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[FYI] When DVD Is Too Good to Be Legal


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When DVD Is Too Good to Be Legal 

by Leander Kahney 

3:00 a.m. Jun. 19, 2000 PDT 

To Hollywood's alarm, a British company is selling modified DVD 
players that output pure digital signals.  

Unlike regular DVD players, which provide ho-hum quality analog 
pictures, Function Communications' modified DVD players output a 
stream of pure digital video.  


Garrett said that while many Hollywood producers can't wait to get 
their disks into one of the modified players, most have misgivings 
about seeing the players on the market.  

On the one hand, it allows their movies to be shown at the highest 
possible quality, but producers are also afraid digital outputs will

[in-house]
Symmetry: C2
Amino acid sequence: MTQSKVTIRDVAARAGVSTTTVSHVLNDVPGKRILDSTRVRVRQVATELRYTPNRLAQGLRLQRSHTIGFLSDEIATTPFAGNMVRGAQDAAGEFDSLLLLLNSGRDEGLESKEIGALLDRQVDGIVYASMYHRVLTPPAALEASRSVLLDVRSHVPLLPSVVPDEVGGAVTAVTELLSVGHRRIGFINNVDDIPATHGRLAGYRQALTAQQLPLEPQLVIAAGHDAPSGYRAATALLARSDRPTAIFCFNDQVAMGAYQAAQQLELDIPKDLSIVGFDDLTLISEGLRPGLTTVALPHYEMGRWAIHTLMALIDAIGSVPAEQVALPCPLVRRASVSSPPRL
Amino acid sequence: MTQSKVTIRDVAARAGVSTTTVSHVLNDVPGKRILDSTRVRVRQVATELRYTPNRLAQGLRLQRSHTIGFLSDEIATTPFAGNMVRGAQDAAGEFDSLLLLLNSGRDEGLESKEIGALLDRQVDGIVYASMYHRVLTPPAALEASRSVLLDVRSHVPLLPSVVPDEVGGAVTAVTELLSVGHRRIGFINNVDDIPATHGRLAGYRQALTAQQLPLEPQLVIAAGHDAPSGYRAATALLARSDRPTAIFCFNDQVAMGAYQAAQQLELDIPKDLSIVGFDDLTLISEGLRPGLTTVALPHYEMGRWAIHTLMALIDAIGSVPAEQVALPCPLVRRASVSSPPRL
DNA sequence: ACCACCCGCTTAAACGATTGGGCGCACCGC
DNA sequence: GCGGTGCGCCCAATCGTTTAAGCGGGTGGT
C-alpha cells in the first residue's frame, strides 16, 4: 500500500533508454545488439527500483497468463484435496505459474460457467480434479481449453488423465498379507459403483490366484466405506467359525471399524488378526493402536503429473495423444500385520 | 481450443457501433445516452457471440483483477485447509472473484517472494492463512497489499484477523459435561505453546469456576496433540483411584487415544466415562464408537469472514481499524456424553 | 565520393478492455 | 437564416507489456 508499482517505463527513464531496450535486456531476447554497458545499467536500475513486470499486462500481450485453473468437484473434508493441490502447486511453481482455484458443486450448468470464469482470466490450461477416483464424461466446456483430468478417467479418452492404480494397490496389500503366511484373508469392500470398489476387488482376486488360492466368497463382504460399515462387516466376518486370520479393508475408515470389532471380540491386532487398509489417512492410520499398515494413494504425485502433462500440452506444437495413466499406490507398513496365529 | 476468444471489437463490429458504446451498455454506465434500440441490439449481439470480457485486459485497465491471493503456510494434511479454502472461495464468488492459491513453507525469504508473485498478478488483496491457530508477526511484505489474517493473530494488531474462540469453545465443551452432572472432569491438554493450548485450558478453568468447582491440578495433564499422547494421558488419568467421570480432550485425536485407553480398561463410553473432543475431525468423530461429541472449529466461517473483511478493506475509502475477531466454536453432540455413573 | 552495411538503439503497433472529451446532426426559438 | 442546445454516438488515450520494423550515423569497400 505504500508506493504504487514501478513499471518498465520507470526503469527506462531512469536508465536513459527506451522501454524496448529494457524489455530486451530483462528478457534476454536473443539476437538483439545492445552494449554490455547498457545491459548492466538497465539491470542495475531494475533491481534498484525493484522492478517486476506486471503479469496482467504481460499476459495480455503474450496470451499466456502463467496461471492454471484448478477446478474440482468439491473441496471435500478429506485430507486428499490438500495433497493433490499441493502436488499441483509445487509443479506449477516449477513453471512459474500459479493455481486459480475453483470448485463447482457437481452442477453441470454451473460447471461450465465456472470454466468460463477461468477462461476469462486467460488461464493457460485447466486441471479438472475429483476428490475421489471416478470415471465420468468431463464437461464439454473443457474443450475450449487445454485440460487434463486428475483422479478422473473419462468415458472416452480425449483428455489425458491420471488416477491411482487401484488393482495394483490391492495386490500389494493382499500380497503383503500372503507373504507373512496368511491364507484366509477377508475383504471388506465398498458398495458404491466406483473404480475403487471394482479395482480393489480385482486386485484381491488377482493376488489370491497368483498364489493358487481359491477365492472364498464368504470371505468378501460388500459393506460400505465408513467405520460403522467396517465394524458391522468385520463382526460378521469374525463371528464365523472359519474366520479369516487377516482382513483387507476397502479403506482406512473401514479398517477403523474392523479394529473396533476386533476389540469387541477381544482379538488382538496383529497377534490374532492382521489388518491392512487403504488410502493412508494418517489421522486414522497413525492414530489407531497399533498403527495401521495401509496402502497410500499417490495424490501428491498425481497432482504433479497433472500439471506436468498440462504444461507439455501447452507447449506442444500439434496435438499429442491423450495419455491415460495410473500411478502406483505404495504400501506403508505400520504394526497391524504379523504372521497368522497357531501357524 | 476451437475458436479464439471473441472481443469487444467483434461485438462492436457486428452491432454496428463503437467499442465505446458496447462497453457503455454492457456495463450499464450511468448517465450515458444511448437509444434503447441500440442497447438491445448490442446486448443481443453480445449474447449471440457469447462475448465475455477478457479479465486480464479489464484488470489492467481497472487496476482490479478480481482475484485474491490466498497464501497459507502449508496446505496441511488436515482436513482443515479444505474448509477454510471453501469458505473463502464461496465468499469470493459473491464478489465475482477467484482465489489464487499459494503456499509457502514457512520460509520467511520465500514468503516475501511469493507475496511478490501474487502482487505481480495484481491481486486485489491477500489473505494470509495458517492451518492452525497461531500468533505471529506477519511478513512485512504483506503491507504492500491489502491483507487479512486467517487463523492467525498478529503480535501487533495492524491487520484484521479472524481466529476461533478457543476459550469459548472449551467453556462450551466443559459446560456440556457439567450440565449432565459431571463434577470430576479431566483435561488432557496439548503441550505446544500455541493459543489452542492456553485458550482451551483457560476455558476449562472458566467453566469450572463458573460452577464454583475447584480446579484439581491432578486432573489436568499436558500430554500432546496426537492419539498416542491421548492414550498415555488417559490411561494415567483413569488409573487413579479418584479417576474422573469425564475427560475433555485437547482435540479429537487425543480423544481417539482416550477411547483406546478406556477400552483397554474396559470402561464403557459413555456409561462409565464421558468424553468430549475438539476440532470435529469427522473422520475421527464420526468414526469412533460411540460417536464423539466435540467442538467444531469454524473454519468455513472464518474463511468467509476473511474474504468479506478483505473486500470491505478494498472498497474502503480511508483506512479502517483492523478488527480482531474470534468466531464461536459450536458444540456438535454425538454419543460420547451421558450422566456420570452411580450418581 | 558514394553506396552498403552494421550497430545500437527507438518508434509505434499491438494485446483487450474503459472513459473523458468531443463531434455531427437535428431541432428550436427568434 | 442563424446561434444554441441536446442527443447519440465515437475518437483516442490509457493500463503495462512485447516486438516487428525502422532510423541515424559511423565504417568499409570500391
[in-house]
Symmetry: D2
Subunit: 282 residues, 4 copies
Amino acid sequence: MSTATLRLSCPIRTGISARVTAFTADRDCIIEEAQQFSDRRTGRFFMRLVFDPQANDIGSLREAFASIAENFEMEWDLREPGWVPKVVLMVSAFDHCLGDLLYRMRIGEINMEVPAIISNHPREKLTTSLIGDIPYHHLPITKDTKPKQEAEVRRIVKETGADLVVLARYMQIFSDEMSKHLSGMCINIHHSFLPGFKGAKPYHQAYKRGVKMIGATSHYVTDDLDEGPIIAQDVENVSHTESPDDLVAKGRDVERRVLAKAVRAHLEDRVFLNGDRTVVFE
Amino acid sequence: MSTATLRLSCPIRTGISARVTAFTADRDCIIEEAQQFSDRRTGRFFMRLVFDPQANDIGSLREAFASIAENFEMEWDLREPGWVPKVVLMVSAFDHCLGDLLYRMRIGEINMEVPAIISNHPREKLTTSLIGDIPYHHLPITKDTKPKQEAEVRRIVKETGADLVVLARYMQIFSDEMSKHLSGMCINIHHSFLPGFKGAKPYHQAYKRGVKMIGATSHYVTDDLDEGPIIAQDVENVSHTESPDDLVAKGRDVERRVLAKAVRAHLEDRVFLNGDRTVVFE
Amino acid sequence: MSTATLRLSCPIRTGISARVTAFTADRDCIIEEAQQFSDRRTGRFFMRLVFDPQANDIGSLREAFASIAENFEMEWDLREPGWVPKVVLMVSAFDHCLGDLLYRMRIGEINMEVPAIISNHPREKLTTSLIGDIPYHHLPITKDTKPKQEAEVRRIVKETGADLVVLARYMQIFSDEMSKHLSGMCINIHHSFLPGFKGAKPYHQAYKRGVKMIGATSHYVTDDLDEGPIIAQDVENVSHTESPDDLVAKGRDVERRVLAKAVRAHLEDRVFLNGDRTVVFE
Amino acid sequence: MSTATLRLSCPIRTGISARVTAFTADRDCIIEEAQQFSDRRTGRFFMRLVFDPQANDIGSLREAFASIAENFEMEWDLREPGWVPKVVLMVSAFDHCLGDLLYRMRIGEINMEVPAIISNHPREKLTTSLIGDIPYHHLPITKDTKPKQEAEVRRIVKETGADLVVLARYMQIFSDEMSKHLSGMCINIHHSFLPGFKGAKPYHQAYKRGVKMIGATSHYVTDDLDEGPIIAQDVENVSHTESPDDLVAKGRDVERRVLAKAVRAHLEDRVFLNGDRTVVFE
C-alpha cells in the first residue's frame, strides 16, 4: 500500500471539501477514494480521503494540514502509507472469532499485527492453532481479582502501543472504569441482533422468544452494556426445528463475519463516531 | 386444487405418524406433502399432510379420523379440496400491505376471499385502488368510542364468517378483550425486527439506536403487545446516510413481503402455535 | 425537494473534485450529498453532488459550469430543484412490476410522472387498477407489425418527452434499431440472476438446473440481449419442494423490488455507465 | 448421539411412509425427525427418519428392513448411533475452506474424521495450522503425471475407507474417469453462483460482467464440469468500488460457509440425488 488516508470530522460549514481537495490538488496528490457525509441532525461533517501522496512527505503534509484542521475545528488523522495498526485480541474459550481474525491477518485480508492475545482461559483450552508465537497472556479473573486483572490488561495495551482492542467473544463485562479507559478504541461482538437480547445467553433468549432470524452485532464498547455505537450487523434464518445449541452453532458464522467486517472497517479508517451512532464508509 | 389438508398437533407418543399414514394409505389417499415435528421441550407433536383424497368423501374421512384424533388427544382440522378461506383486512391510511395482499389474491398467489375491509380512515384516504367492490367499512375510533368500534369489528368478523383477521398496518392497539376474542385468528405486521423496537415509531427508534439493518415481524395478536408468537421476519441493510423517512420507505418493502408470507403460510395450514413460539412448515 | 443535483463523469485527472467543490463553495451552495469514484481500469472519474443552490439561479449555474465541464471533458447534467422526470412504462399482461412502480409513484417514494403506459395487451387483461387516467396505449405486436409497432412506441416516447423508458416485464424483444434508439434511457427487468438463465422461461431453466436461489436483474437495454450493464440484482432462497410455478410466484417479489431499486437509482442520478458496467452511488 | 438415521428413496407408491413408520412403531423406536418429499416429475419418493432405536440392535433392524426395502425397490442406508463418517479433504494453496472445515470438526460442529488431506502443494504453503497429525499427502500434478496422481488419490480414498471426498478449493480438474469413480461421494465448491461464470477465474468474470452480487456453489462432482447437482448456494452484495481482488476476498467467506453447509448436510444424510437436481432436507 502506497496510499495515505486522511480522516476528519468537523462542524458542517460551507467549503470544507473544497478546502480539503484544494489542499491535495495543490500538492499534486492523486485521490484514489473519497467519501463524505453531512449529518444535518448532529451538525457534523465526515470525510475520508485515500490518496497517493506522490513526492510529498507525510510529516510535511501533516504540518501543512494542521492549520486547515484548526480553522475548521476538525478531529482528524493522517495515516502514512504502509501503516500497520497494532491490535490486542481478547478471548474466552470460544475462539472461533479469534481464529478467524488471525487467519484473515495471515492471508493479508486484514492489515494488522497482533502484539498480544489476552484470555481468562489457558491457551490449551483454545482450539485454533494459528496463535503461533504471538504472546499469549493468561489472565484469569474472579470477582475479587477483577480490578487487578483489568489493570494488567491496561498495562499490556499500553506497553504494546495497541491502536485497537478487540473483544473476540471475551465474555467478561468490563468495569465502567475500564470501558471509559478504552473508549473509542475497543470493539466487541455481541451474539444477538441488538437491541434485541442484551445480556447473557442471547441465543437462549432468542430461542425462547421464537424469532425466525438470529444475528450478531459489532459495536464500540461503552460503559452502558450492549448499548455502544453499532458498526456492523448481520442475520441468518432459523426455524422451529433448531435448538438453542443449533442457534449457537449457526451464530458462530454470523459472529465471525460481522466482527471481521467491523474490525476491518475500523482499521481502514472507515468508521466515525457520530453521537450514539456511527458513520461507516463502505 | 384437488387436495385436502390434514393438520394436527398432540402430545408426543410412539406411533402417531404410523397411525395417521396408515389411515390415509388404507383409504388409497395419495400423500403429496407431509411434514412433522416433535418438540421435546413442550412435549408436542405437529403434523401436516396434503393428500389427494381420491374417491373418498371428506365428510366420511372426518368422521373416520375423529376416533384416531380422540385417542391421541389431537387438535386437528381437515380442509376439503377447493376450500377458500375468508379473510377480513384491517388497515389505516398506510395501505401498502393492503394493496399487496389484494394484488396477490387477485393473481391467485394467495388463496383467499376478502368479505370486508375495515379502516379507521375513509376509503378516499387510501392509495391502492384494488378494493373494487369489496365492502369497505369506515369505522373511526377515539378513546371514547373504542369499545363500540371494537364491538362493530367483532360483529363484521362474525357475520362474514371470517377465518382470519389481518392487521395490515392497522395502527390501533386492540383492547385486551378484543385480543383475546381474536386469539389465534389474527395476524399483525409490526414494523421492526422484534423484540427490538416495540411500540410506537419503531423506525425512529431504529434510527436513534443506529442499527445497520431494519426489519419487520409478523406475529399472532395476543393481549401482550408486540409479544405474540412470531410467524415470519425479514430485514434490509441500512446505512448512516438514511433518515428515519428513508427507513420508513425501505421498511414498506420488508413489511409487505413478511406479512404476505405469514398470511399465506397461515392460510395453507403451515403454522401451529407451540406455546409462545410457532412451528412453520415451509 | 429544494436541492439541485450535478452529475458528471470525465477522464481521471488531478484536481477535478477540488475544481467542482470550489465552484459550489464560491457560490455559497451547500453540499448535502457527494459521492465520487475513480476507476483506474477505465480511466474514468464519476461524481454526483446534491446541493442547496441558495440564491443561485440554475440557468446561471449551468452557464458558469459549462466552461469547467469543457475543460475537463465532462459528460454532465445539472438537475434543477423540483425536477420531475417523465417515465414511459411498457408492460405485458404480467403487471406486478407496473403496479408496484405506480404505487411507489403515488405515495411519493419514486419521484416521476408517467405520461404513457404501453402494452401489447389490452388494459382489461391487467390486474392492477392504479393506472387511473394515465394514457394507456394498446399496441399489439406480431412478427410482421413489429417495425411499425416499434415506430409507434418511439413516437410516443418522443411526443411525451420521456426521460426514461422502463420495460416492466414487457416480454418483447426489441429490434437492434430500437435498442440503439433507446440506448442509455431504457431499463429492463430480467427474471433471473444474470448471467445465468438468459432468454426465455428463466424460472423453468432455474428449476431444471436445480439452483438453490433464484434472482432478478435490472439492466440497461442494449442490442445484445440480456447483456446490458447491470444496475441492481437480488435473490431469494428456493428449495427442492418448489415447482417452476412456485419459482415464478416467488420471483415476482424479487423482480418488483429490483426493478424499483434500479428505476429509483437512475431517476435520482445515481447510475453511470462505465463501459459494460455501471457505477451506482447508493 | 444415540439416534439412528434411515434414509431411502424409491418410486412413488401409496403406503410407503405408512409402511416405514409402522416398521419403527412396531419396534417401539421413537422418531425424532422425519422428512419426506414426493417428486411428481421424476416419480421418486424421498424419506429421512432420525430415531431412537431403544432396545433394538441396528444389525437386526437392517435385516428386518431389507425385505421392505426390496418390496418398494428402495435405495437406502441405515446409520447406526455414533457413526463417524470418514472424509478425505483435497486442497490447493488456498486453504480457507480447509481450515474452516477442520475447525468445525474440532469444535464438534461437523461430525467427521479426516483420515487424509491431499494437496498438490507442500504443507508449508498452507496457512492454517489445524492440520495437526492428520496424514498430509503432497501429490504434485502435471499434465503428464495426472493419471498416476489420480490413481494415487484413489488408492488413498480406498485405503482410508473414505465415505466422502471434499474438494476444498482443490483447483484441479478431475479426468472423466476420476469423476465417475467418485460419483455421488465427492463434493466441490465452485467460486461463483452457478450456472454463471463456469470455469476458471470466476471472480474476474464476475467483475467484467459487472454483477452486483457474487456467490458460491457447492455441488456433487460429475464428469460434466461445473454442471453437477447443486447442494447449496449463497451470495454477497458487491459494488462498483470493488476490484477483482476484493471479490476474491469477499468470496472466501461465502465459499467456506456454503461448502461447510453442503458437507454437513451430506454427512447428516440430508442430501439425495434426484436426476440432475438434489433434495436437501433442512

lead to a loss of control, Garrett said.  

DVD manufacturers license the DVD format from the DVD Copy Control 
Association. Its contract prohibit makers from including digital 
outputs -- specifically a FireWire port -- in their players for fear 
it will allow consumers to make digital copies.  

Garrett said he studied the paperwork and concluded that while it 
isn't illegal to make a chipset providing digital outputs, add them 
to DVD players, or sell the modified machine, it appears to be 
illegal to use the modified player to play a movie.  

"If you read the fine points of the law, anyone who plays a (DVD 
movie) with a digital output is breaking the law," he said. "But if 
you're just watching it, how are you breaking the law?"  

Garrett said he received "dozens" of cease-and-desist letters from 
Hollywood lawyers when the modified players first appeared on the 
market in the U.K last month.  

But since then, the legal threats have come to a halt.  

Garrett thinks it's because there is little danger of legions of     
teenagers copying the latest DVDs and posting them on the Internet. 


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